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Painted Medieval church walls discovered in Northern Sudan

The largest group of paintings from the turn of the 8th/9th century has been discovered in Sudan by the mission of the Centre of Mediterranean Archaeology of the University of Warsaw.

Painted Medieval church walls discovered in Northern Sudan
Interior of the Church of Archangel Raphael in Dongola [Credit: M. Rekłajtis, archives of the Centre of Mediterranean
Archaeology, University of Warsaw]
The discovery was made during excavations inside the Church of Raphael in the royal complex in Dongola, northern Sudan. The temple is located next to the relics of a medieval palace. Dongola was the capital of Makuria, a powerful kingdom, which existed from the sixth to the fourteenth century, between I and V cataracts of the Nile. Its power is evidenced by the fact that the army of Makuria stopped the pressure of Muslim army in the first half of the 7th century.

The church was discovered in 2006. However, it was crucial for the researchers to secure the structure. It was not until last year that a roof was built, which allowed to begin excavations.

"The design is unique - it does not repeat the plans of other famous religious buildings of this type. Paintings are also unusual" - told PAP Prof. Włodzimierz Godlewski from the Institute of Archaeology of the University of Warsaw, a longtime researcher of Dongola.

The paintings depict images of archangels, angels, priests, saints and Nubian kingdom officials from the beginning of the 9th century. Originally, at each of the figures was a "legend" describing each person and their function.

Prof. Godlewski drew attention to one of the inscriptions discovered on the wall of the baptistery, which in his opinion has great historical significance. "The inscription commemorates the meeting of the bishops of Makuria with the king and archbishop of Dongola that took place in this church. This record revealed the territorial division of the church in Makuria - it listed the names of the bishops from particular towns" - said Prof. Godlewski.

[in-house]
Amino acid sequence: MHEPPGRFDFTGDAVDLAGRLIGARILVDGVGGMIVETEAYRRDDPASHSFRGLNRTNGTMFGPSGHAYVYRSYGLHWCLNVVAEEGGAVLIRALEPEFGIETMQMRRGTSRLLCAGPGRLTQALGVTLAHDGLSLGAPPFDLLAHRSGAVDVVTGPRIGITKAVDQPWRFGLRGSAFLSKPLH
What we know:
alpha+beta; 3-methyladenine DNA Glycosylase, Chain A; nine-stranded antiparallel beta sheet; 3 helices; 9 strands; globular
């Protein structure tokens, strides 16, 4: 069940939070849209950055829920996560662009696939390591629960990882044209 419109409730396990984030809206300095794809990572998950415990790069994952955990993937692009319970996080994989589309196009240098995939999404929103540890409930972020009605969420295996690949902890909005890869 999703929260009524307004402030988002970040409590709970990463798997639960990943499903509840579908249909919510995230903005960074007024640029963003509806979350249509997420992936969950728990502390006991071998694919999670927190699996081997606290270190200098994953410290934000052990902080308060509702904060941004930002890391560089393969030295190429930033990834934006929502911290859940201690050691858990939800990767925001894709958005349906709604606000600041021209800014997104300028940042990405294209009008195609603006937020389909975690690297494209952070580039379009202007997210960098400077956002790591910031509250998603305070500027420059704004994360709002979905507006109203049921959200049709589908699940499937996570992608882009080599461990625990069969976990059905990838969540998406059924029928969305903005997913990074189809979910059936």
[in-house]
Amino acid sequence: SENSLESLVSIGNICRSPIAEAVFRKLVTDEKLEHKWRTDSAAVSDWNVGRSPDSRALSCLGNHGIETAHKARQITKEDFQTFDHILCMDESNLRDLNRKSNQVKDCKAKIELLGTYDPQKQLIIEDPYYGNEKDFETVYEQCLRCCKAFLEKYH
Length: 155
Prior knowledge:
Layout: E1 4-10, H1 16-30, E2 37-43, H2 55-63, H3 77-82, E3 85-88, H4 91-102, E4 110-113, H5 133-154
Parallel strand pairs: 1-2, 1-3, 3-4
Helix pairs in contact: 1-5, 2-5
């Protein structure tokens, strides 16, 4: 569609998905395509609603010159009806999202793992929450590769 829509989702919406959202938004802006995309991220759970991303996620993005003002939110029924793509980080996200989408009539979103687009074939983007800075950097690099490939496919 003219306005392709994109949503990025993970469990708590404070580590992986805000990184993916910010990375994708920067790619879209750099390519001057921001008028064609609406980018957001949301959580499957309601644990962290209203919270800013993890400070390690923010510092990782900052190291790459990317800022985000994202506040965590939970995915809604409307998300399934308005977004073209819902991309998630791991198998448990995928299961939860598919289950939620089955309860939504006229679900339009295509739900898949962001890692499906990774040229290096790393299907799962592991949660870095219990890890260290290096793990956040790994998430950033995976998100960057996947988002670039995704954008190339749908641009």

Painted Medieval church walls discovered in Northern Sudan
One of the discovered paintings [Credit: M. Rekłajtis, archives of the Centre of Mediterranean 
Archaeology, University of Warsaw]
The meeting was presided over by the king - also named in the inscription - who was formally the head of the church in this state. An interesting fact is that the meeting was attended by - endowed with the title of Metropolitan - bishop of Faras, where decades ago the Poles led by Prof. Kazimierz Michałowski discovered a cathedral with paintings, some of which can be admired today in the National Museum in Warsaw.

"The church was founded by King Joannes. Until now we did not know much about him. The inscription proves that he was an important person in the hierarchy of the church and had considerable political influence" - added the scientist.

In the Church of Raphael archaeologists also discovered the earliest known in Makuria image of the king made in the church - in this case, in the apse.

"It is the oldest example of the official iconography introduced into the sacred interior - we know a similar example from Faras, but it comes from a later period" - added Prof. Godlewski.

The scientist believes that in terms of technology the paintings from the Church of Raphael are superior to those from Faras. They were made on a smooth lime plaster. The artists also used a number of expensive pigments, among others, of blue colour - lapis lazuli, rock outcrops of which are very far away from today's Sudan.

Among the interesting discoveries scientist also mentions a pulpit made of granite blocks brought from a pharaonic temple. Hieroglyphic inscriptions are visible on one of the blocks.

Another important find is a fragment of an icon made on wood. "This is the first such object discovered in the history of Sudan" - says the researcher. The icon is double-sided. On one side there is the image of the Virgin with a prayer, and on the other - a historical figure, possibly a local ruler. The object comes from the golden age of the kingdom of Makuria, the 8th/9th century.

The study took place in February. It will continue in November, provided that the researchers have sufficient funds.

Source: PAP - Science and Scholarship in Poland [May 20, 2016]

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